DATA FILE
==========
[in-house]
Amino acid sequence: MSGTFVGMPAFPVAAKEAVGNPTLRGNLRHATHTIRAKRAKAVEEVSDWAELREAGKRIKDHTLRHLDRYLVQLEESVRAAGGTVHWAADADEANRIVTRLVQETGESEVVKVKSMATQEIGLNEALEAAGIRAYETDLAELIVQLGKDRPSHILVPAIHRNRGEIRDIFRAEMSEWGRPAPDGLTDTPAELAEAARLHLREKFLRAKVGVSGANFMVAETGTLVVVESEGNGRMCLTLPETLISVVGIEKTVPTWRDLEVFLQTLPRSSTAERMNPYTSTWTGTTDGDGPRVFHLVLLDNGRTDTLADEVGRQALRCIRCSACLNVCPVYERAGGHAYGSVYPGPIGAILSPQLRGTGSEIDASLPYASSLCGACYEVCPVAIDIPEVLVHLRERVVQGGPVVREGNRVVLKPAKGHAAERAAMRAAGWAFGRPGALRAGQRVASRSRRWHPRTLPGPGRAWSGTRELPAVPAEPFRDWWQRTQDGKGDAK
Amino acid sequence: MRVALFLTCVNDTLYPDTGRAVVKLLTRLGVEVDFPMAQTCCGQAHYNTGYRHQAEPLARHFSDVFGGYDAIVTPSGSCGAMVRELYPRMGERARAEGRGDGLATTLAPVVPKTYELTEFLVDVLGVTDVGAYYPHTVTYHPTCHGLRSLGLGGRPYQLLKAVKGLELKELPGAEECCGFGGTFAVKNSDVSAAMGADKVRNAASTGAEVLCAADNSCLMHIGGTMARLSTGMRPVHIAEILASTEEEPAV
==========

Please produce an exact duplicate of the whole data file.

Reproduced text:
[in-house]
Amino acid sequence: MSGTFVGMPAFPVAAKEAVGNPTLRGNLRHATHTIRAKRAKAVEEVSDWAELREAGKRIKDHTLRHLDRYLVQLEESVRAAGGTVHWAADADEANRIVTRLVQETGESEVVKVKSMATQEIGLNEALEAAGIRAYETDLAELIVQLGKDRPSHILVPAIHRNRGEIRDIFRAEMSEWGRPAPDGLTDTPAELAEAARLHLREKFLRAKVGVSGANFMVAETGTLVVVESEGNGRMCLTLPETLISVVGIEKTVPTWRDLEVFLQTLPRSSTAERMNPYTSTWTGTTDGDGPRVFHLVLLDNGRTDTLADEVGRQALRCIRCSACLNVCPVYERAGGHAYGSVYPGPIGAILSPQLRGTGSEIDASLPYASSLCGACYEVCPVAIDIPEVLVHLRERVVQGGPVVREGNRVVLKPAKGHAAERAAMRAAGWAFGRPGALRAGQRVASRSRRWHPRTLPGPGRAWSGTRELPAVPAEPFRDWWQRTQDGKGDAK
Amino acid sequence: MRVALFLTCVNDTLYPDTGRAVVKLLTRLGVEVDFPMAQTCCGQAHYNTGYRHQAEPLARHFSDVFGGYDAIVTPSGSCGAMVRELYPRMGERARAEGRGDGLATTLAPVVPKTYELTEFLVDVLGVTDVGAYYPHTVTYHPTCHGLRSLGLGGRPYQLLKAVKGLELKELPGAEECCGFGGTFAVKNSDVSAAMGADKVRNAASTGAEVLCAADNSCLMHIGGTMARLSTGMRPVHIAEILASTEEEPAV